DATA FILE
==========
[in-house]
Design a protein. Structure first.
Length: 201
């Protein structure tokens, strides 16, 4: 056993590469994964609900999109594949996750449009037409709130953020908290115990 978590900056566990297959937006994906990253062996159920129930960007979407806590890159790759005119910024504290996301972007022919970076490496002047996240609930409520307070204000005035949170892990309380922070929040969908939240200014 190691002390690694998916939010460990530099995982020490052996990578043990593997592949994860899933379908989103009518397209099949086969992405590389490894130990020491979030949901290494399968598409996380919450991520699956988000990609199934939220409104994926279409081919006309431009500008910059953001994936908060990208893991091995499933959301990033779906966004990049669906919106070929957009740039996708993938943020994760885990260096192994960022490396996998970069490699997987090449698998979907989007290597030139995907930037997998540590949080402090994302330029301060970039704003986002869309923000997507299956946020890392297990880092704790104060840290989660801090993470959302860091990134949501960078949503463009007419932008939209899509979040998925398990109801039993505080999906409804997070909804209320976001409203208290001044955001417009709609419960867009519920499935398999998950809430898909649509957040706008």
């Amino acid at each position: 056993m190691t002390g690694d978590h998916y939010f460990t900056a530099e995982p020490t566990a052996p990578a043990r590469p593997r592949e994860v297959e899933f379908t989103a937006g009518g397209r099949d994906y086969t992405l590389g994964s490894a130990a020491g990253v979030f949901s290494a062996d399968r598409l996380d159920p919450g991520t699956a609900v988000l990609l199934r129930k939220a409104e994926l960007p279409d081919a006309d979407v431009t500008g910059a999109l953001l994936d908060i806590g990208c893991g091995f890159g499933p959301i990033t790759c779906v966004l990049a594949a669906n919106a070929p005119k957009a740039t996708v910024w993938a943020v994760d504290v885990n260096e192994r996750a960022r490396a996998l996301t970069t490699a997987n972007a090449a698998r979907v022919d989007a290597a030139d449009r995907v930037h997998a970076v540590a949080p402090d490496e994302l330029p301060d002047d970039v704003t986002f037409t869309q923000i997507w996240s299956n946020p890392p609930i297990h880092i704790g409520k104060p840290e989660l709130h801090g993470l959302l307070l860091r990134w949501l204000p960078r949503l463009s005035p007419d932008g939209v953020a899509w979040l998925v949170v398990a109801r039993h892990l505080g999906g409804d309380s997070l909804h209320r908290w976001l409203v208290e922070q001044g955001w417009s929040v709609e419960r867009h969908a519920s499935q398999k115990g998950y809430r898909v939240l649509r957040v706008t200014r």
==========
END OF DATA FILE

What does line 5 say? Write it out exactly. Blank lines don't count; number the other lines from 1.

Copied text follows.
């Amino acid at each position: 056993m190691t002390g690694d978590h998916y939010f460990t900056a530099e995982p020490t566990a052996p990578a043990r590469p593997r592949e994860v297959e899933f379908t989103a937006g009518g397209r099949d994906y086969t992405l590389g994964s490894a130990a020491g990253v979030f949901s290494a062996d399968r598409l996380d159920p919450g991520t699956a609900v988000l990609l199934r129930k939220a409104e994926l960007p279409d081919a006309d979407v431009t500008g910059a999109l953001l994936d908060i806590g990208c893991g091995f890159g499933p959301i990033t790759c779906v966004l990049a594949a669906n919106a070929p005119k957009a740039t996708v910024w993938a943020v994760d504290v885990n260096e192994r996750a960022r490396a996998l996301t970069t490699a997987n972007a090449a698998r979907v022919d989007a290597a030139d449009r995907v930037h997998a970076v540590a949080p402090d490496e994302l330029p301060d002047d970039v704003t986002f037409t869309q923000i997507w996240s299956n946020p890392p609930i297990h880092i704790g409520k104060p840290e989660l709130h801090g993470l959302l307070l860091r990134w949501l204000p960078r949503l463009s005035p007419d932008g939209v953020a899509w979040l998925v949170v398990a109801r039993h892990l505080g999906g409804d309380s997070l909804h209320r908290w976001l409203v208290e922070q001044g955001w417009s929040v709609e419960r867009h969908a519920s499935q398999k115990g998950y809430r898909v939240l649509r957040v706008t200014r």